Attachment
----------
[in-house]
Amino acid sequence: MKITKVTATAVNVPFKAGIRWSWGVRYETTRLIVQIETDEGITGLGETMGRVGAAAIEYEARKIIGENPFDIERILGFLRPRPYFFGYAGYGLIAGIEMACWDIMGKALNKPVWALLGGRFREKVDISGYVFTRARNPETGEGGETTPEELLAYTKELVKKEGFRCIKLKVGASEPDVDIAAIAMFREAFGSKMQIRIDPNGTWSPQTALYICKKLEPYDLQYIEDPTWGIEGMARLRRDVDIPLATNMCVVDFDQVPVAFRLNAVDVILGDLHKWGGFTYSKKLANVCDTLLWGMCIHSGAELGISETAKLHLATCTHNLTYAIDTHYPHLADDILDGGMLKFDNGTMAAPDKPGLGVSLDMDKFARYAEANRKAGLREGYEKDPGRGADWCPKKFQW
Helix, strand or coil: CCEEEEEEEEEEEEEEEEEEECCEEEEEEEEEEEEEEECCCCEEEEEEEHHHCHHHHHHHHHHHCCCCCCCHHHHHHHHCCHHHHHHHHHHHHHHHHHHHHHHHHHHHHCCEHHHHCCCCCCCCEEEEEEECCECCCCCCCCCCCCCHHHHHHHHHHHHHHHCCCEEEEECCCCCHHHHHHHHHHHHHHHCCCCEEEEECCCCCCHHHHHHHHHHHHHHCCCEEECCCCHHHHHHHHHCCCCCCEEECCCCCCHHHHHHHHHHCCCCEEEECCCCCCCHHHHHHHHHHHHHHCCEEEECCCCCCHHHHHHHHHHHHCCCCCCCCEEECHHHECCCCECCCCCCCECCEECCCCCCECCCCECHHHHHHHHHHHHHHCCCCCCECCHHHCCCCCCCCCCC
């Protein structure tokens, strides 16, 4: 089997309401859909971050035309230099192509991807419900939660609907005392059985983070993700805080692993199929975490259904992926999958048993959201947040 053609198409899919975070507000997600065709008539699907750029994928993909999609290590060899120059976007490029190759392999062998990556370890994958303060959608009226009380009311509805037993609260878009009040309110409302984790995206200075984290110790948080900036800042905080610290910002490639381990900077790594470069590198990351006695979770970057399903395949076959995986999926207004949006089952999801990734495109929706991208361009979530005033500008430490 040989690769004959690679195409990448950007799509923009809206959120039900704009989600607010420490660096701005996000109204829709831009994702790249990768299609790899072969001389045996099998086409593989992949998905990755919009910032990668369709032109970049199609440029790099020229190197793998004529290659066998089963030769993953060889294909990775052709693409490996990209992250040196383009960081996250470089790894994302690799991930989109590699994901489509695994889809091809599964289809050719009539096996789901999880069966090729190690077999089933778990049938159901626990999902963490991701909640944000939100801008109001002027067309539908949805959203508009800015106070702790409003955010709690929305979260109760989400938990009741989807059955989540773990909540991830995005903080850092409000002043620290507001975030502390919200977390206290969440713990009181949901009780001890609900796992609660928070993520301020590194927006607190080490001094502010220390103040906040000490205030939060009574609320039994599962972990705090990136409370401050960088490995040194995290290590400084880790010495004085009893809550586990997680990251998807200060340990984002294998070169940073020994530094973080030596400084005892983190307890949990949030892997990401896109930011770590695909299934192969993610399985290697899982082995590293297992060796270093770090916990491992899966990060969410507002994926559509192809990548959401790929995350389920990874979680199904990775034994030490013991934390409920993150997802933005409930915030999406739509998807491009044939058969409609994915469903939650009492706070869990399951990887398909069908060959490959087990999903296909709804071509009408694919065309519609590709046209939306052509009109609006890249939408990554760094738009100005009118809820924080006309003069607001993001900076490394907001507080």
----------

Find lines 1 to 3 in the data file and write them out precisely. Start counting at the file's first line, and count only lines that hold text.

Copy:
[in-house]
Amino acid sequence: MKITKVTATAVNVPFKAGIRWSWGVRYETTRLIVQIETDEGITGLGETMGRVGAAAIEYEARKIIGENPFDIERILGFLRPRPYFFGYAGYGLIAGIEMACWDIMGKALNKPVWALLGGRFREKVDISGYVFTRARNPETGEGGETTPEELLAYTKELVKKEGFRCIKLKVGASEPDVDIAAIAMFREAFGSKMQIRIDPNGTWSPQTALYICKKLEPYDLQYIEDPTWGIEGMARLRRDVDIPLATNMCVVDFDQVPVAFRLNAVDVILGDLHKWGGFTYSKKLANVCDTLLWGMCIHSGAELGISETAKLHLATCTHNLTYAIDTHYPHLADDILDGGMLKFDNGTMAAPDKPGLGVSLDMDKFARYAEANRKAGLREGYEKDPGRGADWCPKKFQW
Helix, strand or coil: CCEEEEEEEEEEEEEEEEEEECCEEEEEEEEEEEEEEECCCCEEEEEEEHHHCHHHHHHHHHHHCCCCCCCHHHHHHHHCCHHHHHHHHHHHHHHHHHHHHHHHHHHHHCCEHHHHCCCCCCCCEEEEEEECCECCCCCCCCCCCCCHHHHHHHHHHHHHHHCCCEEEEECCCCCHHHHHHHHHHHHHHHCCCCEEEEECCCCCCHHHHHHHHHHHHHHCCCEEECCCCHHHHHHHHHCCCCCCEEECCCCCCHHHHHHHHHHCCCCEEEECCCCCCCHHHHHHHHHHHHHHCCEEEECCCCCCHHHHHHHHHHHHCCCCCCCCEEECHHHECCCCECCCCCCCECCEECCCCCCECCCCECHHHHHHHHHHHHHHCCCCCCECCHHHCCCCCCCCCCC